We expected this work to engage all staff, but also knew that like all of our other projects, teams, and committees, we needed to have a smaller group of staff serve as the core project team who would meet more regularly, carry the work forward, and bring in the rest of the staff (and board and community) as appropriate. Our team included staff from across the organization: Ash, Bethany, Erin, Leana, Pattie, and me. It was important to me that this work be clearly prioritized by all staff and to set that tone as the CEO, I wanted to be part of the work.

As a first step in the process, we created a list of scenarios that had prompted this work and to root us in real examples from our community to guide our expectations. Those use cases included: being able to publicly communicate clear information when providing scholarships, especially those that are reserved as “diversity scholarships;” recruiting and identifying authors and other contributors; and our practices of engaging the community.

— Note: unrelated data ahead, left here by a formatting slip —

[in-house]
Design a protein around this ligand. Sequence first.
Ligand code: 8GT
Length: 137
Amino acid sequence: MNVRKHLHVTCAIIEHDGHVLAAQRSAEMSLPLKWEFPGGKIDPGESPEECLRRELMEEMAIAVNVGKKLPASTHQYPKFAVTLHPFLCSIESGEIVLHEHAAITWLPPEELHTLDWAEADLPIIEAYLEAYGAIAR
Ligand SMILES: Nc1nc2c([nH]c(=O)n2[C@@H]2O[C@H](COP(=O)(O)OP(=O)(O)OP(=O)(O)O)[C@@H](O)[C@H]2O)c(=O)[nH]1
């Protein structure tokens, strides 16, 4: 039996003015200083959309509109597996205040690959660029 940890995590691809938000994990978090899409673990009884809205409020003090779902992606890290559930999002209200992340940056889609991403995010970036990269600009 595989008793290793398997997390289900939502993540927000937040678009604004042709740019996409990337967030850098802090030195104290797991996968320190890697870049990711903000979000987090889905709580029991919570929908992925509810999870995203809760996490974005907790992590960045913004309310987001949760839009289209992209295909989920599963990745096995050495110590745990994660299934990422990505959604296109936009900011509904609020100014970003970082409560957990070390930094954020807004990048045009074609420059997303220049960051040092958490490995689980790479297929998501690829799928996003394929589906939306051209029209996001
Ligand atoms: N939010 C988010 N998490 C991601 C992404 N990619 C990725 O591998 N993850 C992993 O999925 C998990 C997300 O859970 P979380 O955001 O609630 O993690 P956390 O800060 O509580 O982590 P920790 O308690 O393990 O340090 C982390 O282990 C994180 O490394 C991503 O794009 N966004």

In hand with this first grounding step, we also recognized and admitted to ourselves that moving forward with this work would mean we would make mistakes, big and small, but that our commitment to the work and to moving forward was more important than a fear of failure.

We reviewed public statements and policies from other nonprofits and associations and talked to organizations about the process they used to start and continue all kinds of equity work. Recognizing the budgetary and capacity restraints we had, we decided to prioritize this work without using outside consultants and with an emphasis on establishing foundations for continued work. We would not complete this work in 2017 or truly ever. But we needed to start in earnest.